24. How do you tx CKD overall?
    • Protein restriction
    • Reduction HTN and BP control
    • Reducing proteinuria
    • Glucose control
    • Control microalbuminuria and proteinuria
    • Tx complications
  25. What are protein intake recommendations for CKD pts?
    • 0.6-0.75g/kg/day depending on proteinuria and nutritional status
    • Stage 5: 0.9g/kg/day
  26. What is the goal BP for proteinuric CKDers?
  27. What drugs do we use for proteinuria and intraglomerular HTN control? (first and second line)
    • First line: ACE-Is and ARBs
    • Both slow progression in non-diabetic and diabetic pts that have proteinuria
    • Second line: Verapamil, diltiazem
  28. What drugs do we use for systemic BP control?
    • First line: ACE/ARBs in those with proteinuria
    • Without proteinuria: CCB, BB, or diuretics
    • Second line/adjunct: vasodilators, alpha blockers
  29. What is optimal glucose control for pts with CKD?
    • Preprandial glucose 90-130
    • Post prandial <180
    • A1c<7%
  30. Which glucose control drugs are contraindicated?
  31. How do you control microalbuminuria?
    • Test all diabetics yearly for uless they already have established proteinuria
    • Tx HTN
    • ACE-Is and ARBs
  32. How do you tx CHF in CKD pts?
    • Restrict H2O and salt
    • Diuretics (thiazides ineffective GFR<20, so use loop and incre dose as GFR declines)
    • ACE-ARB
    • Use digoxin with caution
  33. How do you tx anemia in CKD pts?
    What is HGB goal?
    • Replete iron
    • Start recombinant EPO-stimulatin agents with HGB <9 and other causes are ruled out
    • Pts on HD will get iron IV onthly
    • HGB should rise no more than 1g/dl q 3-4 weeks to max 12g/dl
  34. How do you tx coagulopathy?
    • Dialysis
    • DDAVP
    • Correct anemia
  35. How do you tx metabolic acidosis in a CKD pt?
    • Use sodium bicarb or sodium citrate to increase albumin and lean body mass
    • Goal HCO3 > 21 mEq/L
  36. How do you tx hyperphosphatemia in the CKD pt?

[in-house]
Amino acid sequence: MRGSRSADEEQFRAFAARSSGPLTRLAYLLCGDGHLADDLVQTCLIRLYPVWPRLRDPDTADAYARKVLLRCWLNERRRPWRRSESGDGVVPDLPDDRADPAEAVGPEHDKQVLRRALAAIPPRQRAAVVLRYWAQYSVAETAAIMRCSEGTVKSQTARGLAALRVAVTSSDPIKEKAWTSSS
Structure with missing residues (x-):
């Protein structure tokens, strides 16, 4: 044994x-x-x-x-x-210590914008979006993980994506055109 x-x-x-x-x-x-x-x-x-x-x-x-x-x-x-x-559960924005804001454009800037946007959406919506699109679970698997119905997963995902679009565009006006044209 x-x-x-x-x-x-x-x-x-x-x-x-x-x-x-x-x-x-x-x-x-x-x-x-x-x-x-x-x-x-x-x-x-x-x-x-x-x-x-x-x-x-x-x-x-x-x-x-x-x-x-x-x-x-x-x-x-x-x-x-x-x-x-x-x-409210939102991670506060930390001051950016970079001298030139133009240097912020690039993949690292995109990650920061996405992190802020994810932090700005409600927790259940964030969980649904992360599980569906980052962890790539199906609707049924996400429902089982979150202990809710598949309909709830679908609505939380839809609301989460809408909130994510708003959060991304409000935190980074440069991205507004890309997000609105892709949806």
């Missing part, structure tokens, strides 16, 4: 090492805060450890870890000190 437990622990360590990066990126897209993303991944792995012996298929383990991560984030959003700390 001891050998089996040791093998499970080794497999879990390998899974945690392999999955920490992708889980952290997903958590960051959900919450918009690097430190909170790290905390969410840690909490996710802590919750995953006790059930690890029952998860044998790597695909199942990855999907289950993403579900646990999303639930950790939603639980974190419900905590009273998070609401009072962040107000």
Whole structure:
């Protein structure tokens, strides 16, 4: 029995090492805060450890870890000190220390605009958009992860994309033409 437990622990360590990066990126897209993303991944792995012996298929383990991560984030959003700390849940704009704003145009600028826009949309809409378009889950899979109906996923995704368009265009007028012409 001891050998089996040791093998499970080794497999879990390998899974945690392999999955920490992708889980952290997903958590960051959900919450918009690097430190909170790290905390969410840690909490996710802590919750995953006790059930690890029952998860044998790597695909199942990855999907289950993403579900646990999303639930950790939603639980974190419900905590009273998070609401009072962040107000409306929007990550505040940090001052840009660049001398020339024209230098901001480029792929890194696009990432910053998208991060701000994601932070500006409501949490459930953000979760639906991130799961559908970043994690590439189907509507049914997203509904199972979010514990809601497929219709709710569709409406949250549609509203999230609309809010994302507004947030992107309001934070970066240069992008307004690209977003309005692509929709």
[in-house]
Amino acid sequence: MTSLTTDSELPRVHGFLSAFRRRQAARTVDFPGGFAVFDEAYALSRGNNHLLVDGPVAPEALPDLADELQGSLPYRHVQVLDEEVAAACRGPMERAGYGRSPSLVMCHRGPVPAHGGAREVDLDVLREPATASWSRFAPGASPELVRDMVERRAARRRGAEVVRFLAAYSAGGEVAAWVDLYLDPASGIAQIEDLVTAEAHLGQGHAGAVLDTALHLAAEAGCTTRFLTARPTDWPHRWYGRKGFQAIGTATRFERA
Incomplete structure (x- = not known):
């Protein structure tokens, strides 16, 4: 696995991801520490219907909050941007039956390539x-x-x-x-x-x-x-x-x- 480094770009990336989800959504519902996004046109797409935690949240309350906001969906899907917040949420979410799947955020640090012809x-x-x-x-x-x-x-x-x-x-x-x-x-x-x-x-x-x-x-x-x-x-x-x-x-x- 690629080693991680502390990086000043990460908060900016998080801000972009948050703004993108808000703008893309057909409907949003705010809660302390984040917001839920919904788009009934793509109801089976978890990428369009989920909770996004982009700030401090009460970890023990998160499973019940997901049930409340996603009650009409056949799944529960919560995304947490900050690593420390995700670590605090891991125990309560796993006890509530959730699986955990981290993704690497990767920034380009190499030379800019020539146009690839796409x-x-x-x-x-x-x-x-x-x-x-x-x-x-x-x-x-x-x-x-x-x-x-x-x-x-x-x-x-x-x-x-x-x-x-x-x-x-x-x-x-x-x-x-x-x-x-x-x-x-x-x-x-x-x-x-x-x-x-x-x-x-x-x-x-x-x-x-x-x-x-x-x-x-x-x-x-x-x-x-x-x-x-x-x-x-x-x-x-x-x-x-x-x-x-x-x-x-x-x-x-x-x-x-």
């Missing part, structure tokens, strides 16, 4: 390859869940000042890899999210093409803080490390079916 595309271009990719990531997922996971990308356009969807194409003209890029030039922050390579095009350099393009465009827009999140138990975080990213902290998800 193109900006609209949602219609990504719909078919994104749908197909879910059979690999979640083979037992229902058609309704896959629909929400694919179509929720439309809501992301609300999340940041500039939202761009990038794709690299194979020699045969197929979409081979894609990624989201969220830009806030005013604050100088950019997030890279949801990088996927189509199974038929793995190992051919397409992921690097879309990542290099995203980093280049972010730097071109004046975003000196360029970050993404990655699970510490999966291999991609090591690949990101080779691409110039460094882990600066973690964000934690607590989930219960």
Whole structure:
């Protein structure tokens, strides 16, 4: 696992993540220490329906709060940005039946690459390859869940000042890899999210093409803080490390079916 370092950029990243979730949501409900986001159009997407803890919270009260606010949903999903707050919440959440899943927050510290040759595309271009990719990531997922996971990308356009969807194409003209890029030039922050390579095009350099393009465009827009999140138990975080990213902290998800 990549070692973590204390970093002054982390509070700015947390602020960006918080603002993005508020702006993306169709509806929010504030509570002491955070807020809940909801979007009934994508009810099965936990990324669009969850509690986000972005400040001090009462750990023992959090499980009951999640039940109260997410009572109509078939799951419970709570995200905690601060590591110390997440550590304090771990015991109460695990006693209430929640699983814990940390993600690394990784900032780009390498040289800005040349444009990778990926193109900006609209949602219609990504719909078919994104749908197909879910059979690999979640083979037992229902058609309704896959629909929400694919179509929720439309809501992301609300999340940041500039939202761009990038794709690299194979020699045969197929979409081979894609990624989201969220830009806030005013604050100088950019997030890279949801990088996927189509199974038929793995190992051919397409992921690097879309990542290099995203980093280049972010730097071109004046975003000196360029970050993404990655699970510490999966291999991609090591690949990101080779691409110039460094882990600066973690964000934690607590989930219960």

• Low phosphate diet 1gm/day
    • Phosphate binders:
    • calcium carb or calcium acetate (avoid aluminum containing binders)
    • Renagel is the newest med
    • Goal phosphorus is ~4
  37. How do you manage hypocalcemia in CKD pts?
    • Maintain serum Ca at high end of nl (<10)
    • If taking supplemental Ca, take in between meals or it will act as a phosphate binder)
  38. When does phosphate excretion remain intact?
    until GFR 20-30
  39. When does K excretion remain intact?
    Until GFR <10-20
  40. How do you manage hyperkalemia in the CKD pt?
    Usually dialysis
  41. What contributes to hyperkalemia in the CKD pt?
    • Increased exogenous intake
    • Increased cellular destruction
    • Acidemia
    • Drugs that < K excretion (ie spirinolactone)
  42. How do you tx secondary hyperparathyroidism in the CKD pt?
    • Vit D analogs or Vit D to suppress PTH and raise serum phosphorus and Ca levels
    • Options: calcitriol, Vit D, cinacalcet
    • Do NOT use VIt D analog in presnce of hyperphosphatemia and hypercalcemia
  43. When are Vit D analgogs contraindicated?
    In the presence of hyperphosphatemia and hypercalcemia
  44. Name the daily intake goals for the following nutrients:
    • K: <60mEq/day
    • Na: <2gm/day
    • Phosphorus: <1gm/day
    • Low magnesium: rare to see high levels unless from meds
  45. What drugs should you avoid in CKD pts?
    Metformin, meperidine, NSAIDs
  46. When should a pt be put on dialysis?
    • AEIOU
    • Intractable sx not attributable to any other reversible cause
    • Persistent ECV despite diuretics
    • Bleeding diathesis
    • Estimated GFR or CrCl<10 mL/min
  47. What is the best access route for dialysis?
    • Fistula: longest long-term patency rate
    • Needs 2-3 mos to mature
  48. When is a graft indicated for dialysis access?
    Pts with small or wornout veins
  49. What are complications from a graft being used as dialysis access?
    • Thrombosis, graft failure, infection
    • Tx with angioplasty and removal of graft
  50. What vessels are used in catheter access in dialysis?
    IJ, subclavian, femoral
  51. What are complications of using a catheter as access in CKD pts?
    Stenosis, infection "death catheter"
  52. What are the two forms of peritoneal dialysis?
    • CAPD: dialysis solution is infused into the peritoneal cavity during the day and exchanged 3-5xs
    • CCPD: exchanges are automated, occur at night
  53. When do you refer a CKD pt to a nephrologist?
    • CKD stage 3-5
    • Cr >1.2 in women and 1.5 in men